Racing Gas

Yes, I “broke down” and purchased 100 Octane gasoline a few days ago. It was, by far, the most expensive fill-up in my life. Maybe it was just my imagination and/or the power of suggestion, but my Z06 did seem to have “stronger legs” and run more smoothly with the higher octane fuel.

I can’t predict with any accuracy how often I will use the high octane gas, but that was never an option anywhere near us in the mid-Atlantic, at least not as far as I know. What was also not “an option” in the place in which we used to live is to be able to drive 5-10 miles without stopping on roads that have lights.

On a couple of the major north-south roads near us, I have had multiple drives where even though there are lights, the way the lights are timed meant I didn’t have to stop for miles. Sometimes, I could see a red light in the distance, but by the time I reached that intersection the light had changed to green.

Obviously, that makes for a much more enjoyable driving experience. The fact that this area has about 300 sunny days a year and no snow doesn’t hurt, either. OK, maybe it will snow once every 4-6 years, but the snow will be gone within 24 hours. We have been told to be careful driving on the few days it does rain and if we don’t have drive when it’s raining, then we shouldn’t.

Here’s a photo not of a major road, but of a road in a neighborhood close to us:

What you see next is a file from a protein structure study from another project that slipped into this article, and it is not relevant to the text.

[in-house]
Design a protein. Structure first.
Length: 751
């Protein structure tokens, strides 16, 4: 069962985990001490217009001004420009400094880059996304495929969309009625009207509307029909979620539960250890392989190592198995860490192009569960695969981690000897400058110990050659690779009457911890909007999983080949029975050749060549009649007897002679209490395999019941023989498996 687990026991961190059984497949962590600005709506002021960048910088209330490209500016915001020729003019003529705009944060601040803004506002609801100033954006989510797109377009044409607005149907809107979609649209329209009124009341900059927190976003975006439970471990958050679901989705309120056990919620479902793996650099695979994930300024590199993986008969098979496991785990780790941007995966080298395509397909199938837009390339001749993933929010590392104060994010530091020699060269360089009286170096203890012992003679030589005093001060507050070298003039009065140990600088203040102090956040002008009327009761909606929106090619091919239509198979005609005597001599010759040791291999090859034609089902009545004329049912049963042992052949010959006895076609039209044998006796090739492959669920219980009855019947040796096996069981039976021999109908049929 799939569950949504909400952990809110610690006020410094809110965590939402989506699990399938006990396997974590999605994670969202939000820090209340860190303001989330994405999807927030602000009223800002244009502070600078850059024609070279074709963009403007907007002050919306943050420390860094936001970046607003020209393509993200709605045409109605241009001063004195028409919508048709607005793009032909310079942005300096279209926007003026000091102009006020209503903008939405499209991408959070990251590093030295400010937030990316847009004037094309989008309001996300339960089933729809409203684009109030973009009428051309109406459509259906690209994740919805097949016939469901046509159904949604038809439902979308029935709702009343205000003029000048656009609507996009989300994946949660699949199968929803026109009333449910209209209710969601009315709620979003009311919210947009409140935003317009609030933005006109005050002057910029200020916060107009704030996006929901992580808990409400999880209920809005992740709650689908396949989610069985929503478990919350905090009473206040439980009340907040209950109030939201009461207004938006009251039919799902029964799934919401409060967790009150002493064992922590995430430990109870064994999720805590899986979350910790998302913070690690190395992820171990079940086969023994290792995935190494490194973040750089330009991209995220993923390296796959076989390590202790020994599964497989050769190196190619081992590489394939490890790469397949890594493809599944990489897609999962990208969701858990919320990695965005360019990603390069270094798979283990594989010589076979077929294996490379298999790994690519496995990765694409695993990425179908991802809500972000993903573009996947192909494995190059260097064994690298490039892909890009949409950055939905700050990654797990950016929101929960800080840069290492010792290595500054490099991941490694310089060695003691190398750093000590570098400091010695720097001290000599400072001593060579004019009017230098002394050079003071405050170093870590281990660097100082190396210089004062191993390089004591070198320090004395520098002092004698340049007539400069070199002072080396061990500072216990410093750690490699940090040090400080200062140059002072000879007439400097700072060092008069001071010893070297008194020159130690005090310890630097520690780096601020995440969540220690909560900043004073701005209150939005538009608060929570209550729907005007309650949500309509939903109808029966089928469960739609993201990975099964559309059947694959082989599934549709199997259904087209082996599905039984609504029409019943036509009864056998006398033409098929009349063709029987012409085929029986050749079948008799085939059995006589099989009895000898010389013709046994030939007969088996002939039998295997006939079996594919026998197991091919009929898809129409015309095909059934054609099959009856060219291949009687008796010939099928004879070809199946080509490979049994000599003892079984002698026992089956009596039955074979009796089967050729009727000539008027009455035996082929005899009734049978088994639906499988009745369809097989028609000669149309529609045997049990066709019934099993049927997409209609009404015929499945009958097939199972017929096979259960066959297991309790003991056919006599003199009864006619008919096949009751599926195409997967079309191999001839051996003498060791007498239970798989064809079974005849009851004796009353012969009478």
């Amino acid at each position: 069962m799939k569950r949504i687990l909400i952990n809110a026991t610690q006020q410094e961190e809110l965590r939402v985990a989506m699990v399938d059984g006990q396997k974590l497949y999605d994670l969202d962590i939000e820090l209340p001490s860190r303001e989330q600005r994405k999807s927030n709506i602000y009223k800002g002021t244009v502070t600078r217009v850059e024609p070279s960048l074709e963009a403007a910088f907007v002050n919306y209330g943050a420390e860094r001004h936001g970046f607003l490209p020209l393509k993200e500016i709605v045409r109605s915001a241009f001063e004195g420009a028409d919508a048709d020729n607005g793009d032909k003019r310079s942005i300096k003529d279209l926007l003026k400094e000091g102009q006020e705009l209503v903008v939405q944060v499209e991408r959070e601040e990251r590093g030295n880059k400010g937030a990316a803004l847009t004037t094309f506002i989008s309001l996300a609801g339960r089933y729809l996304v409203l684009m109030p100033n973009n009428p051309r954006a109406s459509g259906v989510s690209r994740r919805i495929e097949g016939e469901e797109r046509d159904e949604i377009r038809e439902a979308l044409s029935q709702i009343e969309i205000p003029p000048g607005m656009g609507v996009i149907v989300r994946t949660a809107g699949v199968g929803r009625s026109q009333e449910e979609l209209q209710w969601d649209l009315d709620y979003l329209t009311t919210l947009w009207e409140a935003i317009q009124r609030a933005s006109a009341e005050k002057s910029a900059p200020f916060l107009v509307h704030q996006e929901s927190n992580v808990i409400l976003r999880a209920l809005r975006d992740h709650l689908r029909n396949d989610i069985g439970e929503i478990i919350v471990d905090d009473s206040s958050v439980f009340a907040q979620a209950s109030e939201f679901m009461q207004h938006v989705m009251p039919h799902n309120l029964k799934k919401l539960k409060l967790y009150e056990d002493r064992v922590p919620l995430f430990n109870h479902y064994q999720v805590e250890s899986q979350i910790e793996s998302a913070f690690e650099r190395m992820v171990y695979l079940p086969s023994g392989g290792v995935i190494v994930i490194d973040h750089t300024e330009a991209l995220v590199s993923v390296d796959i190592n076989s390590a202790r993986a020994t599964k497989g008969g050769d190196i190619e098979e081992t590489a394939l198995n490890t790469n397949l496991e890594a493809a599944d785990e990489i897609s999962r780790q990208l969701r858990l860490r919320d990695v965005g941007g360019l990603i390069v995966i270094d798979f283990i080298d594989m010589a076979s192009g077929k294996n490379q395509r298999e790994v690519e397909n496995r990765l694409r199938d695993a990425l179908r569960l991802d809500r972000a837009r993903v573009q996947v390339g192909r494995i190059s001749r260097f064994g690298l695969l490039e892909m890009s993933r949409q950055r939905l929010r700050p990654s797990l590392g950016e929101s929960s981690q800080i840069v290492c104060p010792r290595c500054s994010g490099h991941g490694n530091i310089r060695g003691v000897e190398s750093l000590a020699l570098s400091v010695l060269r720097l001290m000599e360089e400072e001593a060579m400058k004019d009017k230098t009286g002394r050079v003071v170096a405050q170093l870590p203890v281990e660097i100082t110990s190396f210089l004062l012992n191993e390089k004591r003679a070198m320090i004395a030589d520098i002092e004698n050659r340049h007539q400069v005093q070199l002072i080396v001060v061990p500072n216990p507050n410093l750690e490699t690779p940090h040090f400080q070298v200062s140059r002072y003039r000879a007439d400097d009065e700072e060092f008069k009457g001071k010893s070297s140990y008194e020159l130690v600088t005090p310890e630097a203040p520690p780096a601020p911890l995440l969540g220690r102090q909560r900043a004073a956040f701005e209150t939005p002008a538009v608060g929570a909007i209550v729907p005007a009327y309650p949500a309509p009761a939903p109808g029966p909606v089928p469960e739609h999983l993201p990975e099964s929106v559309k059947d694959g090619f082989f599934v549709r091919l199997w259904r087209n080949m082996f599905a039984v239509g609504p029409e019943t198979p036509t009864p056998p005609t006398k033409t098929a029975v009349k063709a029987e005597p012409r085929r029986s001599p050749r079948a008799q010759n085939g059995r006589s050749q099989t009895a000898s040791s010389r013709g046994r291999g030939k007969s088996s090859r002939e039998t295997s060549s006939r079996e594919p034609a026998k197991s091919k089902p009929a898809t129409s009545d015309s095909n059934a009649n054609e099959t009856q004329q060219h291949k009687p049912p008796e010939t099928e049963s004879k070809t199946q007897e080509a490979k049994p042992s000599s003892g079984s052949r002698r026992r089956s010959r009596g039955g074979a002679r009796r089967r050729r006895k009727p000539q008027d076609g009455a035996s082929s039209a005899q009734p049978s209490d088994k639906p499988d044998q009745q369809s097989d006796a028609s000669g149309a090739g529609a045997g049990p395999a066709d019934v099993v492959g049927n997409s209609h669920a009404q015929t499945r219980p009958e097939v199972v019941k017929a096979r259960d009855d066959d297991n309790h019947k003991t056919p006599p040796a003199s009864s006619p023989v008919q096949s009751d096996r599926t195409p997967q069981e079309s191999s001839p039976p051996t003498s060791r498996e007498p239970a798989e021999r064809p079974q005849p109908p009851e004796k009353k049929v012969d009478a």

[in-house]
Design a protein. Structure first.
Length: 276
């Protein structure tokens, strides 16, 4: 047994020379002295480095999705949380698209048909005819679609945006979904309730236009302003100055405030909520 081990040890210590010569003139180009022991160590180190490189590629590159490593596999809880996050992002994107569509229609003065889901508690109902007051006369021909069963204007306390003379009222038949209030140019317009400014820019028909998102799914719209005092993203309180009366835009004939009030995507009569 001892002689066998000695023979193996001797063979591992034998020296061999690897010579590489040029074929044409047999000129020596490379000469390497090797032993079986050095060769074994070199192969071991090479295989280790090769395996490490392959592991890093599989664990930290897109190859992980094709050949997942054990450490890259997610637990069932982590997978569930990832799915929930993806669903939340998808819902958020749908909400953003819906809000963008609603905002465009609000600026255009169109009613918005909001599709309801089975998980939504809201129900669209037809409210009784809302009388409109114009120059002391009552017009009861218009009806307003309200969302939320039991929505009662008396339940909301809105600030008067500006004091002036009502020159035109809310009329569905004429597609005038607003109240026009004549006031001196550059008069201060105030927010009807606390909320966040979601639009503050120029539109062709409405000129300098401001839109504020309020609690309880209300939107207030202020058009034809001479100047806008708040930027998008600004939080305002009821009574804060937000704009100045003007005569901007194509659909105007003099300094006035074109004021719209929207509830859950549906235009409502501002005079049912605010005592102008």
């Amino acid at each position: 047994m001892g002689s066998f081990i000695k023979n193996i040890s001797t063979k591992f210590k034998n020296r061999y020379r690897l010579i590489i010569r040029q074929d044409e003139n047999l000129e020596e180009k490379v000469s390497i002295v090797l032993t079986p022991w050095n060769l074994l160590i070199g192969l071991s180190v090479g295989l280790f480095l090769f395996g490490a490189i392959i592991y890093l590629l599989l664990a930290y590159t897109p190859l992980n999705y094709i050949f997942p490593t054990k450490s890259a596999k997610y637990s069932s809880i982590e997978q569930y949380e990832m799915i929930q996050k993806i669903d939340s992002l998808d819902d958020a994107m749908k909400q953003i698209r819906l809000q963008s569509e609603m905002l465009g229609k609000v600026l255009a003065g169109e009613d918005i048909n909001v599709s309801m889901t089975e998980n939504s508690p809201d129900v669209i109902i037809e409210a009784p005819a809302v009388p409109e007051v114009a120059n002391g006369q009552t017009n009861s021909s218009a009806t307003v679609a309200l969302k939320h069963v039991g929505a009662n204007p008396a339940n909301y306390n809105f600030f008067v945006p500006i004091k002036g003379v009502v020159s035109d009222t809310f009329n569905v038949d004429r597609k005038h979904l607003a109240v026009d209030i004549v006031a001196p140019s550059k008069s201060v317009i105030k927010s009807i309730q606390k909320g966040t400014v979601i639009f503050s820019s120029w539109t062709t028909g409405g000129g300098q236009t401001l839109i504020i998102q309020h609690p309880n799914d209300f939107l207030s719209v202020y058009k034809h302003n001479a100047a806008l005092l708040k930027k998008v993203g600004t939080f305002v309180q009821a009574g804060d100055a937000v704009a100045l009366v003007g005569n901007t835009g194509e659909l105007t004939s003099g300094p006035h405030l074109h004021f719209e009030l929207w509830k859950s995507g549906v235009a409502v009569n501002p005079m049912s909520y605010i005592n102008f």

Hey, you’ve been warned about my affinity for the native scenery and of my propensity to show it here.

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Here’s a photo of some more “native scenery.”

 

 

This Maserati GranTurismo coupe is typical of the genre of automobiles we see in this area. I have written this before, but it is really the case that I see more interesting cars in three days here than I would see in a year in the mid-Atlantic. Oh, that color looked amazing in person.

As regular readers know, I am quite enamored with these cars. Unfortunately, they are simply too impractical (read that as too expensive to acquire/maintain, too long for our garage, too valuable to be parked outside) for us to acquire for any reason at present. Maybe some day…yes, so many cars, just one life.

 

#RacingGas

#TimedTrafficLights

#MaseratiGranTurismo

#somanycarsjustonelife

#disaffectedmusings

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8 thoughts on “Racing Gas

  1. As you have found, “race gas” doesn’t make a serious difference in most street cars performance. While the ECM can make many adjustments per second, it doesn’t have the parameters to take full advantage of the increased octane. In my drag cars, I adjust the parameters manually, and have to take into consideration many different atmospheric conditions; altitude, moisture density, barometric pressure to name the most important (these are included in the factory ECM in street cars). Then I make my timing curves and injector pulse length, or carburetor jetting, adjustments accordingly, using a “best guess”.

    For racing, I buy fuel in bulk. This is my preference

    https://vpracingfuels.com/product/motorsport-109-reg-ms109-reg/?c=217